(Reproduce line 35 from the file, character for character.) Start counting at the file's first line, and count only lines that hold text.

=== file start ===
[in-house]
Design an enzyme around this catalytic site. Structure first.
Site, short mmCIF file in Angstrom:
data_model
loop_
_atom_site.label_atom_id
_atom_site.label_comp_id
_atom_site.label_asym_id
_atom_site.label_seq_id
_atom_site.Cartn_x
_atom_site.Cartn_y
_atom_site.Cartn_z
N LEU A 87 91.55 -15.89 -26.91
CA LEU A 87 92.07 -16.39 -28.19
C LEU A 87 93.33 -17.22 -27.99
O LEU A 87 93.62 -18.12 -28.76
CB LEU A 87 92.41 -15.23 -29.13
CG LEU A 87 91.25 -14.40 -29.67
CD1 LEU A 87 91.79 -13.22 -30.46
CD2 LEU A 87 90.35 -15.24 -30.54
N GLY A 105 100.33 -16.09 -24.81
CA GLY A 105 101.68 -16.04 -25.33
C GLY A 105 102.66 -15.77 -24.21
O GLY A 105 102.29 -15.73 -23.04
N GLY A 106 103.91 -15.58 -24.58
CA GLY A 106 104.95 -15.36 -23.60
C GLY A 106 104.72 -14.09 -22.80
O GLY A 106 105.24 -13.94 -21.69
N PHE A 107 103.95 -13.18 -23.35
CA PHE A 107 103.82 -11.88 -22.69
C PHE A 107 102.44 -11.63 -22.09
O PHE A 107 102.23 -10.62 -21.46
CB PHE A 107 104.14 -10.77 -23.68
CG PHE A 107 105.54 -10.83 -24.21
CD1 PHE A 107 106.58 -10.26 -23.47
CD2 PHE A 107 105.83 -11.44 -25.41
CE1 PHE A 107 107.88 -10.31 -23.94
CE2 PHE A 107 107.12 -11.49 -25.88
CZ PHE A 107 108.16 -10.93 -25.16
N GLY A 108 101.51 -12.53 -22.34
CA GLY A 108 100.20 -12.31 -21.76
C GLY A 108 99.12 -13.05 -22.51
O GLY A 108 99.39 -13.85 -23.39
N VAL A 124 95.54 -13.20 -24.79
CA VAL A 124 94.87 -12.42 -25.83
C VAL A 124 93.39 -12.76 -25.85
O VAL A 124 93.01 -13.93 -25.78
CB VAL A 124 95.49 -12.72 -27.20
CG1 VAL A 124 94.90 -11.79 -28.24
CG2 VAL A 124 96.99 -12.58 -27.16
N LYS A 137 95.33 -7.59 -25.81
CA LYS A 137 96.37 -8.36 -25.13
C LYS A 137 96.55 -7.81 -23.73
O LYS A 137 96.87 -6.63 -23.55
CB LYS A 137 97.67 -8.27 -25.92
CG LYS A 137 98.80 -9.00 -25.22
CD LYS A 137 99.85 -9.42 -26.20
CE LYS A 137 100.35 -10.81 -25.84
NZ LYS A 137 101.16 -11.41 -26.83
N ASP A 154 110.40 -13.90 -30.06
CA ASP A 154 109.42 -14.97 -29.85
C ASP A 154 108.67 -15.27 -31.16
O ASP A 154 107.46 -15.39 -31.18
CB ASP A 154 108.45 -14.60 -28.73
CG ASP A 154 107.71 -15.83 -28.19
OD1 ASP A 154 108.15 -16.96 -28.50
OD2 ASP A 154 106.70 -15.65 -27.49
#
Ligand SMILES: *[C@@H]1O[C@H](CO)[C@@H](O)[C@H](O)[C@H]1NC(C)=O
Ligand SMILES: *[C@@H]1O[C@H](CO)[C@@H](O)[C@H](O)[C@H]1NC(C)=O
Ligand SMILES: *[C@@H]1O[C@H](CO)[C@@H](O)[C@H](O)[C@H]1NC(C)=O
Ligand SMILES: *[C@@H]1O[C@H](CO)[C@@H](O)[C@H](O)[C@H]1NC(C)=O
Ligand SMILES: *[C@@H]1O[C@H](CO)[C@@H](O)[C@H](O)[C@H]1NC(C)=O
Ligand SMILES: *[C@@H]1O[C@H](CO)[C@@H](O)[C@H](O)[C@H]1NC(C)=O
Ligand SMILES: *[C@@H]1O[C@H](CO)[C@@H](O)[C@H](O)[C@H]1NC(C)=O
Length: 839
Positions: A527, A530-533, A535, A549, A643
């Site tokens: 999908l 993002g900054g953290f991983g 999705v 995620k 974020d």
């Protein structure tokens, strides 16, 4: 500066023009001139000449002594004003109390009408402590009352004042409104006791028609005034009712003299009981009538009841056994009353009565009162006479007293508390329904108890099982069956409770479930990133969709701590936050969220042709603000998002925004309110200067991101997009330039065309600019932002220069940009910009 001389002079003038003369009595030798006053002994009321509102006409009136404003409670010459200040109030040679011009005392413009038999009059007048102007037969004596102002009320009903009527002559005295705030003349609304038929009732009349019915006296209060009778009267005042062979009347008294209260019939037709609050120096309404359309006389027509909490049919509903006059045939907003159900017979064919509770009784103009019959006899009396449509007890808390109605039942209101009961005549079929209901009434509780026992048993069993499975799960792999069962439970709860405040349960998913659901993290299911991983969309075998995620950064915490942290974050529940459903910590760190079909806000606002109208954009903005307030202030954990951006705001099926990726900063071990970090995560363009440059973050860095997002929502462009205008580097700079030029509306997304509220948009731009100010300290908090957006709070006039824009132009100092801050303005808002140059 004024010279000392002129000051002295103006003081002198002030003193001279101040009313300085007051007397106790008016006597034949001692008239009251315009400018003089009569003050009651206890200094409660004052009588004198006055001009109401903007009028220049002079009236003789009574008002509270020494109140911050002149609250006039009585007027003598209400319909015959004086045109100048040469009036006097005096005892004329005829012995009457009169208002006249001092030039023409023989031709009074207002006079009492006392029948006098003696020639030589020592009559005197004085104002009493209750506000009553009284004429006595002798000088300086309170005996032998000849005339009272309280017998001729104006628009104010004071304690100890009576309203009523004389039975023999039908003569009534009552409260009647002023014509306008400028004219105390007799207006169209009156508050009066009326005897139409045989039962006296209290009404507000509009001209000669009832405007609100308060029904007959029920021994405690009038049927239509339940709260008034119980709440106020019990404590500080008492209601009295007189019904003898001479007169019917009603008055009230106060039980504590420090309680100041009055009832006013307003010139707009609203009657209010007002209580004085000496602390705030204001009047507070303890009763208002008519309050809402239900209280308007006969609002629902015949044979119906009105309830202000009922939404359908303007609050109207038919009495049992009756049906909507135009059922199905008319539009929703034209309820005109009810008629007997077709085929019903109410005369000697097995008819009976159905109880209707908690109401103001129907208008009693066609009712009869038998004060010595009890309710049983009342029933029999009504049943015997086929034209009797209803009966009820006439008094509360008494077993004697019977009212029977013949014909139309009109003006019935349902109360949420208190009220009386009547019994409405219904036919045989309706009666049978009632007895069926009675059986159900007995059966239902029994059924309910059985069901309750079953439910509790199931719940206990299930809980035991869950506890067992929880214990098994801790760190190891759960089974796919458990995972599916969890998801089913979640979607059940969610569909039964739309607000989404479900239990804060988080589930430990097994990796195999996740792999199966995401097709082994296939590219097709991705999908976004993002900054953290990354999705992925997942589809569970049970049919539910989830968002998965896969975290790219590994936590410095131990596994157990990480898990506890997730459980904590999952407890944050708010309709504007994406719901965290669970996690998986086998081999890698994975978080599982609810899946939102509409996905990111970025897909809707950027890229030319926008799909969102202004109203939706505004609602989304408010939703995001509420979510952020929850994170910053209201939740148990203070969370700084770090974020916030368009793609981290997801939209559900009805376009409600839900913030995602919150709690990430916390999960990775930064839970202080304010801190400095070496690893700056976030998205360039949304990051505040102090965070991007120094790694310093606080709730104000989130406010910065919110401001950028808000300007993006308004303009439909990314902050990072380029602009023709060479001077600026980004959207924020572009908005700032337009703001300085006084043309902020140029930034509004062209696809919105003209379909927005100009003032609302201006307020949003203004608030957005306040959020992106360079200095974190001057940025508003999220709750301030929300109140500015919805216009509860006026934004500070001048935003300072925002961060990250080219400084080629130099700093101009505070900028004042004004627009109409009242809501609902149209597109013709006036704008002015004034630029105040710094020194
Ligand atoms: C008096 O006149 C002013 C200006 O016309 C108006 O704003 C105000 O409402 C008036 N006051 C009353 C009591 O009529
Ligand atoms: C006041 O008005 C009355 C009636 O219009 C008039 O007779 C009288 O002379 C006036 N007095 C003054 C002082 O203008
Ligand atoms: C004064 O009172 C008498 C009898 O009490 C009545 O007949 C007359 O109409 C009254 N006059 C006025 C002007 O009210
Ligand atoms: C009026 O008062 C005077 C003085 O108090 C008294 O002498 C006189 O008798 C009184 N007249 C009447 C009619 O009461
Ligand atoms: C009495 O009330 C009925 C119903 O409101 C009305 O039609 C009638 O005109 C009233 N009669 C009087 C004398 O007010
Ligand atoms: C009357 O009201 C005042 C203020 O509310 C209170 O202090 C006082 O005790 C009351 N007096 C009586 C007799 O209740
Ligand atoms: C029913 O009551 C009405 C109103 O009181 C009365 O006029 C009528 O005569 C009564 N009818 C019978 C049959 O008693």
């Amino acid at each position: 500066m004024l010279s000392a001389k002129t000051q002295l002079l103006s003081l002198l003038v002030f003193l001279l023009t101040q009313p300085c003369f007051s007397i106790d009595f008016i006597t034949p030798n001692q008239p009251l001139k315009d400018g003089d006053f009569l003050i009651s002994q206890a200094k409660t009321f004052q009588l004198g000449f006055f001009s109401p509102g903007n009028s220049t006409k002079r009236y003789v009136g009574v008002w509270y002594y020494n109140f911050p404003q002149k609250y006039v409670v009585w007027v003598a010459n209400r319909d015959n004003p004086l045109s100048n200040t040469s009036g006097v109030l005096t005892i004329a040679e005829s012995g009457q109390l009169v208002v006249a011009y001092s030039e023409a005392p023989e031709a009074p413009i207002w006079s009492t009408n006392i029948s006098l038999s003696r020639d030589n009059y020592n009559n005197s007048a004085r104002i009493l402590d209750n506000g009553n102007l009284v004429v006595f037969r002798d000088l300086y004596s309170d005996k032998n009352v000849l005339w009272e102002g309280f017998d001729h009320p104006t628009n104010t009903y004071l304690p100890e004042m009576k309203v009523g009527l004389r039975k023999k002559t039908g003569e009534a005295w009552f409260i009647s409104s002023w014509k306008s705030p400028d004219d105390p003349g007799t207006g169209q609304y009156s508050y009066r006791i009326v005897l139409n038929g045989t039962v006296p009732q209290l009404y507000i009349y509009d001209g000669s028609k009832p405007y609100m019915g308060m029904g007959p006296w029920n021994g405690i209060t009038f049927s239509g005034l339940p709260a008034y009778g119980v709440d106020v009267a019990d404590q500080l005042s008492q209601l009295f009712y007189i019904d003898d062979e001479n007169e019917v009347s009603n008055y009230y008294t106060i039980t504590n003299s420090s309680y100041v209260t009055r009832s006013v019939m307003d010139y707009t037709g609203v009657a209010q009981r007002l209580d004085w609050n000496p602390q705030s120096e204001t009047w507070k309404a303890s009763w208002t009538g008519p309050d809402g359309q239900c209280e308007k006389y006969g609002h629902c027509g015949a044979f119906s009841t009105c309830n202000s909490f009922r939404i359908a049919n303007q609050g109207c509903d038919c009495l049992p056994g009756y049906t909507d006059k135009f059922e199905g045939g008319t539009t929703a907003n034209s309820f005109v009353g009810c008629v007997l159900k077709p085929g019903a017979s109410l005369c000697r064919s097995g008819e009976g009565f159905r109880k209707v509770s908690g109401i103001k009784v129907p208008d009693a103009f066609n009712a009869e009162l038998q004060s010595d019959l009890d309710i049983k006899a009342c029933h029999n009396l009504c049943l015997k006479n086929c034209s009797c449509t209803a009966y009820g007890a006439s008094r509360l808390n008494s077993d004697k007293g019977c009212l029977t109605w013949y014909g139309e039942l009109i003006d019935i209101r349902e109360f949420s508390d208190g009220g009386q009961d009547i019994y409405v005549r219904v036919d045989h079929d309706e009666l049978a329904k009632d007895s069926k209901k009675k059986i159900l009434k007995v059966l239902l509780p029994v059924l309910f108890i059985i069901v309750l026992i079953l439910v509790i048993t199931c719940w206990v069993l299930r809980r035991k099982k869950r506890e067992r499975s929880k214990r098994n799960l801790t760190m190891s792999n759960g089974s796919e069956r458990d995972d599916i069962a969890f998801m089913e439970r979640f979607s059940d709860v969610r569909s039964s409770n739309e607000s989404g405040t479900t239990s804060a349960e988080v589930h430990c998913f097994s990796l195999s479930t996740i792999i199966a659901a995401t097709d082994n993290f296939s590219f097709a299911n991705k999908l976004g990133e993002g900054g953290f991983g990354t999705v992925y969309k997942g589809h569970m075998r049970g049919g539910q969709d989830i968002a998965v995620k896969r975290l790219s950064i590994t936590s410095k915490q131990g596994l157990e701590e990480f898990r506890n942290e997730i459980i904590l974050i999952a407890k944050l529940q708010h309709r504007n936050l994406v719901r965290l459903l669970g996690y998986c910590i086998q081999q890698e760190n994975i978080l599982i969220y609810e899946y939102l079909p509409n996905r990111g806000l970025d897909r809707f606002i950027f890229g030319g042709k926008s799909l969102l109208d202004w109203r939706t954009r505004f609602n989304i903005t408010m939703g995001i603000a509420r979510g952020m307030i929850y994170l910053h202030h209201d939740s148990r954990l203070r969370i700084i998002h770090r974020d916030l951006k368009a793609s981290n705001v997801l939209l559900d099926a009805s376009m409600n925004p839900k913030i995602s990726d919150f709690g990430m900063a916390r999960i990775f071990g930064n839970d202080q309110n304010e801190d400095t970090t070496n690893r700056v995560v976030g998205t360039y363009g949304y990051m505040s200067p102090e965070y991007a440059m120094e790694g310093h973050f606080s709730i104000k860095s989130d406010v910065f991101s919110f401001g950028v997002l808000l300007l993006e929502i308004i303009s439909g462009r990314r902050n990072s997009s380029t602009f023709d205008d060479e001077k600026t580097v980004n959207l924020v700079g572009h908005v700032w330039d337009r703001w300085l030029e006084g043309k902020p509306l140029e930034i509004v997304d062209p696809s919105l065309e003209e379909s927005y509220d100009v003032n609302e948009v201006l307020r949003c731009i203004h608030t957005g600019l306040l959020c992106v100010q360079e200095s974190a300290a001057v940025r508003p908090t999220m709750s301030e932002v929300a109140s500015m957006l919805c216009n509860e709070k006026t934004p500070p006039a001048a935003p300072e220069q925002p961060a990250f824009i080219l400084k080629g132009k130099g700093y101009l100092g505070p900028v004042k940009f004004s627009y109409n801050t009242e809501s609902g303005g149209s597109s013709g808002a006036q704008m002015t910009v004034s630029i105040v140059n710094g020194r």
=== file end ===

CD1 PHE A 107 106.58 -10.26 -23.47